The Biden administration came into the White House promising both a large COVID-19-relief bill and a dramatic infrastructure overhaul.
With the COVID-19-relief bill now a law and the recent introduction of two massive pieces of infrastructure legislation, both of which included dramatic changes to current tax law, the focus in Washington has understandably turned those tax law changes. Enter the For the 99.5% Act and the Sensible Taxation and Equity Promotion (STEP) Act, in addition to the infrastructure bills.
The For the 99.5% Act and the STEP Act were introduced as bills into the Senate Budget Committee with similar versions introduced into the House, but have not been brought up for debate in either Chamber and are still a long way from becoming law. Still, they do indicate the need for us to start planning for possible challenges, even while we continue to hope for the best.
The 99.5% Act represents a possible change to estate and gift tax exemptions and rates, as well as possible curtailing of some familiar planning techniques. On the other hand, the STEP Act would change the carry-over basis rules for lifetime gifts and transfers into trust, and would eliminate the basis step-up at death, all of which means that there would be a deemed sale upon transfer of property and recognition of capital gains by the transferor.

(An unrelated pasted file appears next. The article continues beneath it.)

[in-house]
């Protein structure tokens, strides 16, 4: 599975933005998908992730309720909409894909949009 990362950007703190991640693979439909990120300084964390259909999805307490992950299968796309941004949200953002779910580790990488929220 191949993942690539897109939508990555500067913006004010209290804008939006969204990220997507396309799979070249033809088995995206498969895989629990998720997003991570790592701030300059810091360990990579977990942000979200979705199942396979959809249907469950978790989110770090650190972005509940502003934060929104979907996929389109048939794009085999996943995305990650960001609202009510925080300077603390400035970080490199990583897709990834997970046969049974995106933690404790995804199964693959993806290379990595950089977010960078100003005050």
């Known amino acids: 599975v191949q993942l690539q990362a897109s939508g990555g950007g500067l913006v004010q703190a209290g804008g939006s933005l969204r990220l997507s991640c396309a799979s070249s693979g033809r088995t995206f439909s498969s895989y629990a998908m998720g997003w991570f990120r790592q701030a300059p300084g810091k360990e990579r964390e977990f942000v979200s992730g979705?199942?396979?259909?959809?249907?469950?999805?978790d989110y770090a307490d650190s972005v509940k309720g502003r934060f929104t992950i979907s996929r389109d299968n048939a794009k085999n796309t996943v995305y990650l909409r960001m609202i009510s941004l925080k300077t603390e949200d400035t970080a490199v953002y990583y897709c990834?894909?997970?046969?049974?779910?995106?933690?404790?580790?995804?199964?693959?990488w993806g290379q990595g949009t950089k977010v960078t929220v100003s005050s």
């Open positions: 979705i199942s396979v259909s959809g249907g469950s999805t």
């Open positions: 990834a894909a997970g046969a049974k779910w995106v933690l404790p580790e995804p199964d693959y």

In conjunction with the For the 99.5% Act and the STEP Act, the Biden administration has proposed paying for its infrastructure bills with several tax rate increases including: the capital gains tax rate, the corporate tax rate, the maximum income tax rate, plus the closing of what the White House calls “tax loopholes” and increasing funding for the IRS, which would allow the IRS to step up its audit and enforcement efforts.
A key factor to raising the capital gains rate is eliminating the basis step-up at death. Otherwise, many tax payers will choose to hold their assets rather than paying an increased tax rate. In order for an increase in the capital gains rate to raise significant revenue Congress would have to pass both a capital gain increase and a version of the STEP Act, which eliminates the basis step-up at death.
These acts and the White House’s two infrastructure proposals, when looked at as parts of a cohesive whole, represent potential dramatic change to the transfer tax system, but it is important to remember that all four pieces of legislation are still a long way from becoming law.
As always, NFP will be here with you to keep you up to date on any potential changes to our current tax system. Your advisor is always available to talk through your plans and concerns — don’t hesitate to call with any questions about these bills and how they might impact your individual situation.